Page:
Earrings are one of the oldest forms of human adornment. For almost as long as we’ve been roaming this earth, we’ve been poking holes in our ears and sticking things in them. There are references to earrings in the Bible, the world’s oldest mummified body had its ear pierced (so did King Tut), and some of the earliest evidence of earrings can be traced back to 9th century BC, or around 10,000 years ago. They were worn all over the world by men and women alike. (And by cats in Egypt, too.)
Hoop earrings have a particularly long and diverse history, spanning many different cultures and periods. They originated in Africa, and could also be found across regions we now consider Europe, Asia, and the Middle East. A scan of current museum collections reveals that they were made of all sorts of materials, from bone, shells, and jade to gold, silver, and bronze. As time went on, their design only became more intricate and ornate, but even some of the oldest examples of hoop earrings are stunning in their craftsmanship.
Like any form of fashion, earrings have always been both decorative and symbolic in their use. They could represent wealth and power, affiliation to a certain social or ethnic group, as well as the wearer’s age and marital status. In ancient Egypt, royals wore large gold hoops to flaunt their status, for example, while in ancient Persia, soldiers wore hoop earrings in each ear, perhaps as a good luck charm. Julius Caesar wore hoop earrings when he held power in ancient Rome. Meanwhile, Greek goldsmiths embellished their hoops with gemstones and molded them in various shapes to honor the gods. In many cultures, earrings were also worn to ward off evil spirits.
Arguably the greatest power that earrings possess, though, is the ability to make the person wearing them look good — no matter who they are, where they lived, or when. (Well, at least according to the artifacts we have.) They frame the face and bring out the eyes; what better purpose could earlobes serve than to host them? But because earrings are, in part, decoration, they have also always been susceptible to trends. As collars grew taller, for example, or hats lower, or hairstyles more flowing, they faded from view. In Europe, pirates — and maybe William Shakespeare — were perhaps the most notable figures wearing hoop earrings, specifically, for ages.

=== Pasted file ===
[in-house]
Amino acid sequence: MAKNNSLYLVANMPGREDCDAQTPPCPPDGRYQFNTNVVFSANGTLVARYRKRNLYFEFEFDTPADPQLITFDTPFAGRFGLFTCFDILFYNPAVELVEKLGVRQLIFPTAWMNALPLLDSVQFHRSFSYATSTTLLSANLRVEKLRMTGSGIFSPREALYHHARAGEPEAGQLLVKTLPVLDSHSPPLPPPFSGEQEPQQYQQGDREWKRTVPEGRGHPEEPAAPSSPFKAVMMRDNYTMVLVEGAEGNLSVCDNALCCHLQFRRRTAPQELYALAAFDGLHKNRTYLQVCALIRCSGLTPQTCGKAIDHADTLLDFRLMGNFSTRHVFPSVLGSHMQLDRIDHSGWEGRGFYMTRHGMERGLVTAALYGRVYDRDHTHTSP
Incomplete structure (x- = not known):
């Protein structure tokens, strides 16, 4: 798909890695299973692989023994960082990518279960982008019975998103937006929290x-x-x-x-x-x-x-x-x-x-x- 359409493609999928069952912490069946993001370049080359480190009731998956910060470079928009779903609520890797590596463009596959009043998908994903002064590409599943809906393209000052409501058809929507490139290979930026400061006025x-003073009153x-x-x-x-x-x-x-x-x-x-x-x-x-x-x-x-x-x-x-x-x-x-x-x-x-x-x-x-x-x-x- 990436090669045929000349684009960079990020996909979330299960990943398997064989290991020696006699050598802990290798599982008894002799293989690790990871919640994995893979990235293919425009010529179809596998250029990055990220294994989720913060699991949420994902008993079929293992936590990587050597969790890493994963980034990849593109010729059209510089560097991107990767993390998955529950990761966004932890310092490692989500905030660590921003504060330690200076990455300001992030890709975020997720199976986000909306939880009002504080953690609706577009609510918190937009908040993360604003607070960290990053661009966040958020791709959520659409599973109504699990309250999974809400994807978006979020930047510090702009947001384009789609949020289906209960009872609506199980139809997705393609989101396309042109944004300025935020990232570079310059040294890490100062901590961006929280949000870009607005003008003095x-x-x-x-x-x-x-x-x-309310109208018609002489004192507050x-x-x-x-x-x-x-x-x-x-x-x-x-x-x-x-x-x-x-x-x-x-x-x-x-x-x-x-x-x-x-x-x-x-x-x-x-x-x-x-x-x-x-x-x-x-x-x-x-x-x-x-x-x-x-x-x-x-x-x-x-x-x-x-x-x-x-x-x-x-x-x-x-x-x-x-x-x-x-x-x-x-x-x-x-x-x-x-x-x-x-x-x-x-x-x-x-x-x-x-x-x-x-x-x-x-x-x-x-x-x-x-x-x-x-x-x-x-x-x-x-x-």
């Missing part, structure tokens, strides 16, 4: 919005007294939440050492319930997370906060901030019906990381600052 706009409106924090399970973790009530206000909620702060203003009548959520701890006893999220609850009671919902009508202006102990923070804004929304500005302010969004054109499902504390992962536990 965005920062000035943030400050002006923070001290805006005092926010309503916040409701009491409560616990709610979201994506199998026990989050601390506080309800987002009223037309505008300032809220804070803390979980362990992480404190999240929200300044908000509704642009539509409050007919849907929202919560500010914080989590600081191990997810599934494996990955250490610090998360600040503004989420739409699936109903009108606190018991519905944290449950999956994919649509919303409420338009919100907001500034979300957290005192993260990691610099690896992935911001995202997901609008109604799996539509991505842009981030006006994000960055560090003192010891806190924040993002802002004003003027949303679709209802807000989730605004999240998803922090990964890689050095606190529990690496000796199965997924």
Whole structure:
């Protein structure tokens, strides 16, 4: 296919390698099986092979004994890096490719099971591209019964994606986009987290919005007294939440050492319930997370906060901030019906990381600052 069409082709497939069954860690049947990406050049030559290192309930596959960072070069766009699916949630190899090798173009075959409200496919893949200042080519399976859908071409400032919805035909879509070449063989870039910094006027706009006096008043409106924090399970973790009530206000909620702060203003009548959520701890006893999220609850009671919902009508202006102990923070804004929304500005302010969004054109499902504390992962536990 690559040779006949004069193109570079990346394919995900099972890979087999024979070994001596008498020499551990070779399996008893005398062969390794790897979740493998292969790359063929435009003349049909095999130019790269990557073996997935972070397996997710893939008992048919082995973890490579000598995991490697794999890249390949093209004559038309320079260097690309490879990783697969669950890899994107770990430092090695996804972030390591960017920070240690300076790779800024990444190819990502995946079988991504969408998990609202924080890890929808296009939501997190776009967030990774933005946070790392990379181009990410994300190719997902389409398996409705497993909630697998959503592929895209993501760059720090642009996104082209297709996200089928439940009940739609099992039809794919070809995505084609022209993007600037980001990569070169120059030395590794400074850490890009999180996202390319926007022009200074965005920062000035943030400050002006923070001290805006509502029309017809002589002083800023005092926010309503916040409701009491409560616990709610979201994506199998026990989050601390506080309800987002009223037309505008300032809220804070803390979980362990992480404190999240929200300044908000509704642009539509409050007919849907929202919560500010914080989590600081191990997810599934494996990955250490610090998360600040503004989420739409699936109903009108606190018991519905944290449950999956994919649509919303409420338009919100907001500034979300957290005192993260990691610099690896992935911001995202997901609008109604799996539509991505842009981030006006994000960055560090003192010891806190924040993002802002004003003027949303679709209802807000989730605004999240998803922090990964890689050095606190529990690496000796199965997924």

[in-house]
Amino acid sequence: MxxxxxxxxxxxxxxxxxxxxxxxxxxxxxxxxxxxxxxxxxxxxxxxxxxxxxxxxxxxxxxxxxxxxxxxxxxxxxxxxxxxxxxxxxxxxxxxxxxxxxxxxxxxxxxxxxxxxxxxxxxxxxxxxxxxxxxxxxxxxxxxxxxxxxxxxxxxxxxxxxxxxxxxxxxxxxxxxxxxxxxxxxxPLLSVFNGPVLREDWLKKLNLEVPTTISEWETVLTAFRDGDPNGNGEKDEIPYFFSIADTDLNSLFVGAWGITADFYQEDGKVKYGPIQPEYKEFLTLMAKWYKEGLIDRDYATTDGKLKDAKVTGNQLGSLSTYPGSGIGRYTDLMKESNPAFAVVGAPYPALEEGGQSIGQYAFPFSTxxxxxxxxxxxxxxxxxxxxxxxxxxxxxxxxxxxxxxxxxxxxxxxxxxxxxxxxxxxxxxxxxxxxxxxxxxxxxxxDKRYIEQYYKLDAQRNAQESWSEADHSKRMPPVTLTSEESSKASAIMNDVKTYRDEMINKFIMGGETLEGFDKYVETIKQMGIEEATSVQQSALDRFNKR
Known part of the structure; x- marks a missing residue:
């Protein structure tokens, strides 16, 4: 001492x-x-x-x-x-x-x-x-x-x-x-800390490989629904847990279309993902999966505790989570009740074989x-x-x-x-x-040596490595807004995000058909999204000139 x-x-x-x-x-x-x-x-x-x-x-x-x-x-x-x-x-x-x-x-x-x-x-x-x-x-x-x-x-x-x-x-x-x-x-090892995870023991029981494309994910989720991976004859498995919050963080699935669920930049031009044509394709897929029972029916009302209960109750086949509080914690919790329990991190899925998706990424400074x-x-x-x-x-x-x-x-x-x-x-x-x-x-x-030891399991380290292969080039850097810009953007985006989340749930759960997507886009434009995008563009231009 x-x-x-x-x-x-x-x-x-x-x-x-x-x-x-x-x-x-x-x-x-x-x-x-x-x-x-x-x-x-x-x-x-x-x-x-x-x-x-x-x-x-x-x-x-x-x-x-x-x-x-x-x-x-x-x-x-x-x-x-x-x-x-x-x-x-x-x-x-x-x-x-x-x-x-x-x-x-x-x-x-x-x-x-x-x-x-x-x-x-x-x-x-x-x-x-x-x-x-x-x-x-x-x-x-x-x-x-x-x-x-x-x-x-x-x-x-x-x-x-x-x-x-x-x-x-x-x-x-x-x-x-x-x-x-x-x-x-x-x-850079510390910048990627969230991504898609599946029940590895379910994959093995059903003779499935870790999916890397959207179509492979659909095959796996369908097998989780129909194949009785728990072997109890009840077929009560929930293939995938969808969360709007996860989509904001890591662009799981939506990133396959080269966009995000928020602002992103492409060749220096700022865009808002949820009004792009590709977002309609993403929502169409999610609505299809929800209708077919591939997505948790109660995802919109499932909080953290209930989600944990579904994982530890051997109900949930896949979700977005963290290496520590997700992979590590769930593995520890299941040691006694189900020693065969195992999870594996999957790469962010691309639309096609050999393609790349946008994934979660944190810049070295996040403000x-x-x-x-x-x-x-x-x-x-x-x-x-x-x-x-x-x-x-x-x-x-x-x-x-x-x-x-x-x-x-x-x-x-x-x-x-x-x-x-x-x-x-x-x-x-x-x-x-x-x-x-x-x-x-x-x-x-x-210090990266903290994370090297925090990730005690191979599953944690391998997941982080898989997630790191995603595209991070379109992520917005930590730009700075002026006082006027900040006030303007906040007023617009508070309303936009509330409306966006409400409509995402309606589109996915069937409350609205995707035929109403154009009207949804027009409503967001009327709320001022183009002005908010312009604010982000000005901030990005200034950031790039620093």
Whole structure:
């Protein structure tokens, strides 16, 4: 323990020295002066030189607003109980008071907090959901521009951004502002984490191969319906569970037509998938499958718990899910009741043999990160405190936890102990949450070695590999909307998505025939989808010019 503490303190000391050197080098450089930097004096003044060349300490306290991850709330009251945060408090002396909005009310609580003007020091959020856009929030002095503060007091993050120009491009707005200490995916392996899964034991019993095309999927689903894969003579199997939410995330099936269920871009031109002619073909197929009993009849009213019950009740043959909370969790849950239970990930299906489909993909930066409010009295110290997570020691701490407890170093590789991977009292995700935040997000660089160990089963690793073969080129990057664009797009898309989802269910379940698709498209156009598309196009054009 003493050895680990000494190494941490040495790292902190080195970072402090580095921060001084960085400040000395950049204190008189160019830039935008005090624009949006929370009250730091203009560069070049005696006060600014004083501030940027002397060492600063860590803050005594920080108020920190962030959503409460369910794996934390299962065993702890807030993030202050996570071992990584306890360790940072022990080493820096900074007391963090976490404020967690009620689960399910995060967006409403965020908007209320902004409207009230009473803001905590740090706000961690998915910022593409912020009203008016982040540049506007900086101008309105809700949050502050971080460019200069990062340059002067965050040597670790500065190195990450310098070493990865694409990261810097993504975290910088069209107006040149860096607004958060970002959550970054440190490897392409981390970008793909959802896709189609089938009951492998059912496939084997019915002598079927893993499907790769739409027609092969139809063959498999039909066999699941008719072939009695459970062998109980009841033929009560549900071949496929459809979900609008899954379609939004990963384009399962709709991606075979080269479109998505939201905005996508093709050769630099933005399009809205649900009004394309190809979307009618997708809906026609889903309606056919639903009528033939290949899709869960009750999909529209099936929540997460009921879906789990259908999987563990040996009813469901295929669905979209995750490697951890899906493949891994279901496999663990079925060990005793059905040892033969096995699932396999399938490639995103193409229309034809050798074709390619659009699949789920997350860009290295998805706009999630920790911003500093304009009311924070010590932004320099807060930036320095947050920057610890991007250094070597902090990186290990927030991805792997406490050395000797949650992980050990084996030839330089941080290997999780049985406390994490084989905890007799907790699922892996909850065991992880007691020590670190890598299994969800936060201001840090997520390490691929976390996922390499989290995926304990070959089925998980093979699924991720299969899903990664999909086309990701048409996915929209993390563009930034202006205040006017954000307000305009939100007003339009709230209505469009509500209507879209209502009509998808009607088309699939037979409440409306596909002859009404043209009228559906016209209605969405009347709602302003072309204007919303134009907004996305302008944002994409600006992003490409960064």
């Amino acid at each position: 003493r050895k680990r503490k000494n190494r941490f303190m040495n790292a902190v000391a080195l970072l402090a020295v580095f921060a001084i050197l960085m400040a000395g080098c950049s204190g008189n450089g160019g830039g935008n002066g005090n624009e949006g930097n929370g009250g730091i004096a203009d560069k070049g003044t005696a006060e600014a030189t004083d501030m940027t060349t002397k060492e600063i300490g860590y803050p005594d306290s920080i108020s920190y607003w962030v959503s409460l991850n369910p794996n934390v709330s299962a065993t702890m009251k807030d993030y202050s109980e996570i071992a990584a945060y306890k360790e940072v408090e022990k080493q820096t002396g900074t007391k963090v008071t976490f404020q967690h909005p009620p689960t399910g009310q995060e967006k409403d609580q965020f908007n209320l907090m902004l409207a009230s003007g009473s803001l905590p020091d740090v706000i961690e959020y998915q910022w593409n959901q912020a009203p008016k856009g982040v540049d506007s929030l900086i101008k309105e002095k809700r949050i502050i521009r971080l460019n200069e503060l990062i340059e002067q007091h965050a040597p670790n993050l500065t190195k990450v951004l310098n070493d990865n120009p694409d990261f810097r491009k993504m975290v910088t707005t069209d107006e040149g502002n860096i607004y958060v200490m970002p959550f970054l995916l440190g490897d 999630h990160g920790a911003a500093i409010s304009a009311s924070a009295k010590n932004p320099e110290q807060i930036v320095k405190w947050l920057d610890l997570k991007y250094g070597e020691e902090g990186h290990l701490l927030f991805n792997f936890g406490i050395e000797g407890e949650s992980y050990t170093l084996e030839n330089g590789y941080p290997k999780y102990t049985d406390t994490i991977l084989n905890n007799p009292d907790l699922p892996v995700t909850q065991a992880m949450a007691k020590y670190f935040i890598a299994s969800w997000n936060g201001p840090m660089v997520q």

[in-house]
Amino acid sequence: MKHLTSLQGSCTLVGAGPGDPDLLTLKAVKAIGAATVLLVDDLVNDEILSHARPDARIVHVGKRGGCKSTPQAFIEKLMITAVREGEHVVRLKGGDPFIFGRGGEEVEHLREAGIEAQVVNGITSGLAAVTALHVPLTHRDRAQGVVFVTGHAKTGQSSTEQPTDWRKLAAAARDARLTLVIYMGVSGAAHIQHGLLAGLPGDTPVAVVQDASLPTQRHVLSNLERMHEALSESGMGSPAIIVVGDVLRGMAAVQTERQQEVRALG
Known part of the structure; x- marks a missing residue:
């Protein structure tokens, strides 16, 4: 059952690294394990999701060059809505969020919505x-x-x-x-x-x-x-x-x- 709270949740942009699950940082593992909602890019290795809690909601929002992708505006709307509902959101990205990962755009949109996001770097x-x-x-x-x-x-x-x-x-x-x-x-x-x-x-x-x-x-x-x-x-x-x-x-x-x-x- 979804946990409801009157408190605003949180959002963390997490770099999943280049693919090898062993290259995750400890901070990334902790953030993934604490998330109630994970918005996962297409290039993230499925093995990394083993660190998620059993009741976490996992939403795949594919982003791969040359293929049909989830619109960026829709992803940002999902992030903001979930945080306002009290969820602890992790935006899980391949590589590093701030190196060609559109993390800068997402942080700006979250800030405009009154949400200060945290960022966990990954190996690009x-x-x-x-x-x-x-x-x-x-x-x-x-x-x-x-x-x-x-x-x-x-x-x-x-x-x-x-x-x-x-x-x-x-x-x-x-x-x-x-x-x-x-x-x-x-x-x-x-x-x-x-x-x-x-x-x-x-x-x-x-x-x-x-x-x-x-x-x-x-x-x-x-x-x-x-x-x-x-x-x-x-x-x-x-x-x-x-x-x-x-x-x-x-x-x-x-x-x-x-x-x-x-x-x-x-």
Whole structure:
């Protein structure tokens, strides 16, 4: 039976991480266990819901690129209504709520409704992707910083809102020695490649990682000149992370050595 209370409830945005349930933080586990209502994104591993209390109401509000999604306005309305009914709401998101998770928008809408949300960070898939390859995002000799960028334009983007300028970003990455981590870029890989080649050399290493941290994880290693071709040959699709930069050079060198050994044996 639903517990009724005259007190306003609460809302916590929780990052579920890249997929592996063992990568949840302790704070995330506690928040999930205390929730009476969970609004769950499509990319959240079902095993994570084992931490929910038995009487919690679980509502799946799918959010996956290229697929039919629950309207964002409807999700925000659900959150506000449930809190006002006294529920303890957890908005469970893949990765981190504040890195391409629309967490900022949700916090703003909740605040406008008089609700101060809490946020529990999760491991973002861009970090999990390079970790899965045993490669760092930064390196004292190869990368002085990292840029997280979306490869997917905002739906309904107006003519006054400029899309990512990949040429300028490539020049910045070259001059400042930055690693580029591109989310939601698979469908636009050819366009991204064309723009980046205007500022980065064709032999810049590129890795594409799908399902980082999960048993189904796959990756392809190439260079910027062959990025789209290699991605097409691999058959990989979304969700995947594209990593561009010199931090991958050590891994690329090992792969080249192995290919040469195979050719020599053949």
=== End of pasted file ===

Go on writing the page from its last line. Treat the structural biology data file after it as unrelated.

It wasn’t until the 20th century that hoop earrings really had their moment again. In the 1960s and 70s in particular, they became a symbol of empowerment, particularly for Black women embracing Afrocentric styles. The bigger the better. (And the smaller, the more conservative.) Angela Davis was photographed wearing hoop earrings on the cover of Time magazine in 1971. Wearing hoop earrings was also a way for gay men to signal their sexual orientation. In the 80s, they became flashier and thicker. Sade, with her hair slicked back into a braid, became the de facto gold hoops icon. And in the ‘90s, they became synonymous with musical artists like Jennifer Lopez, Mary J. Blige, Lauryn Hill, and many others. By then, they were also a signature part of “Chola” style, a subculture populated by working-class Mexican American women in Southern California.
Because of the hoop earring’s modern associations with working class Black and Latinx communities, racist and classist stigmas have long been attached to the style. Designers and wearers have also been accused of cultural appropriation for their adoption of it, or for blindly co-opting an accessory — say, nameplate hoops — that was meaningful to a community other than their own. In 2017, “White girls, take off your hoops!” was spray painted on the Pitzer college campus in California in response to the fashion trend.
Today, hoop earrings are a constant. They will never go out of style, yet are still, of course, susceptible to the tides of it. Their symbolism only continues to grow, in addition to their fans. As in their earliest days, they are embraced by a diverse range of people from all over the world, of all different backgrounds and aesthetic preferences. Next time you put a pair on, consider their inherent beauty, but also their history.
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